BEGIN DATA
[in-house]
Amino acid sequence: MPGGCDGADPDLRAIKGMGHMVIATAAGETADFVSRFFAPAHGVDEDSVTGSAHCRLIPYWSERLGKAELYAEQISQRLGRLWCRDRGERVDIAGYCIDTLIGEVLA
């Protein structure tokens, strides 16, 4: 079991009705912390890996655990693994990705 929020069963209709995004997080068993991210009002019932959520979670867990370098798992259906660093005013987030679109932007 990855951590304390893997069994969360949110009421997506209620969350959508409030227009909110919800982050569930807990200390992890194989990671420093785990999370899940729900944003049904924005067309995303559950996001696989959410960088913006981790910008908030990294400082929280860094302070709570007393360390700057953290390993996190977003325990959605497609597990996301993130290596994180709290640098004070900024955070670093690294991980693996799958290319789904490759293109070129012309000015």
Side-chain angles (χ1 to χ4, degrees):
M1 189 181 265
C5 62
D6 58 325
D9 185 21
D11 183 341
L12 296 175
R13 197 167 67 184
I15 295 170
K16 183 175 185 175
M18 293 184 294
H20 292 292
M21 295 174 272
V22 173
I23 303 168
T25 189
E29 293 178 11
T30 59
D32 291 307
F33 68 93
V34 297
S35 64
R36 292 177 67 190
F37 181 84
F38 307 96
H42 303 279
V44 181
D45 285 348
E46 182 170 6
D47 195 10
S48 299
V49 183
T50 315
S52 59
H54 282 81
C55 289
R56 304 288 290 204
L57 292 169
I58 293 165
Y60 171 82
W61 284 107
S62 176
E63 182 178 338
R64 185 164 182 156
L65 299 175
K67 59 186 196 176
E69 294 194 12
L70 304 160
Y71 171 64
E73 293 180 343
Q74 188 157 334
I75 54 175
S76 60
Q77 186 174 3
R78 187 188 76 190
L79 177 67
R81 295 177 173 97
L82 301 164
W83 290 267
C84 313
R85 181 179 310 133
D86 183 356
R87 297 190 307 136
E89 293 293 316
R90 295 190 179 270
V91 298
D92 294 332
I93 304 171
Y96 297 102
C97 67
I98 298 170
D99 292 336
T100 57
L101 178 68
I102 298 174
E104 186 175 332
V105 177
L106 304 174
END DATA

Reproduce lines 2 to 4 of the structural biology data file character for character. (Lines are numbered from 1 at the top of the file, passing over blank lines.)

Amino acid sequence: MPGGCDGADPDLRAIKGMGHMVIATAAGETADFVSRFFAPAHGVDEDSVTGSAHCRLIPYWSERLGKAELYAEQISQRLGRLWCRDRGERVDIAGYCIDTLIGEVLA
């Protein structure tokens, strides 16, 4: 079991009705912390890996655990693994990705 929020069963209709995004997080068993991210009002019932959520979670867990370098798992259906660093005013987030679109932007 990855951590304390893997069994969360949110009421997506209620969350959508409030227009909110919800982050569930807990200390992890194989990671420093785990999370899940729900944003049904924005067309995303559950996001696989959410960088913006981790910008908030990294400082929280860094302070709570007393360390700057953290390993996190977003325990959605497609597990996301993130290596994180709290640098004070900024955070670093690294991980693996799958290319789904490759293109070129012309000015």
Side-chain angles (χ1 to χ4, degrees):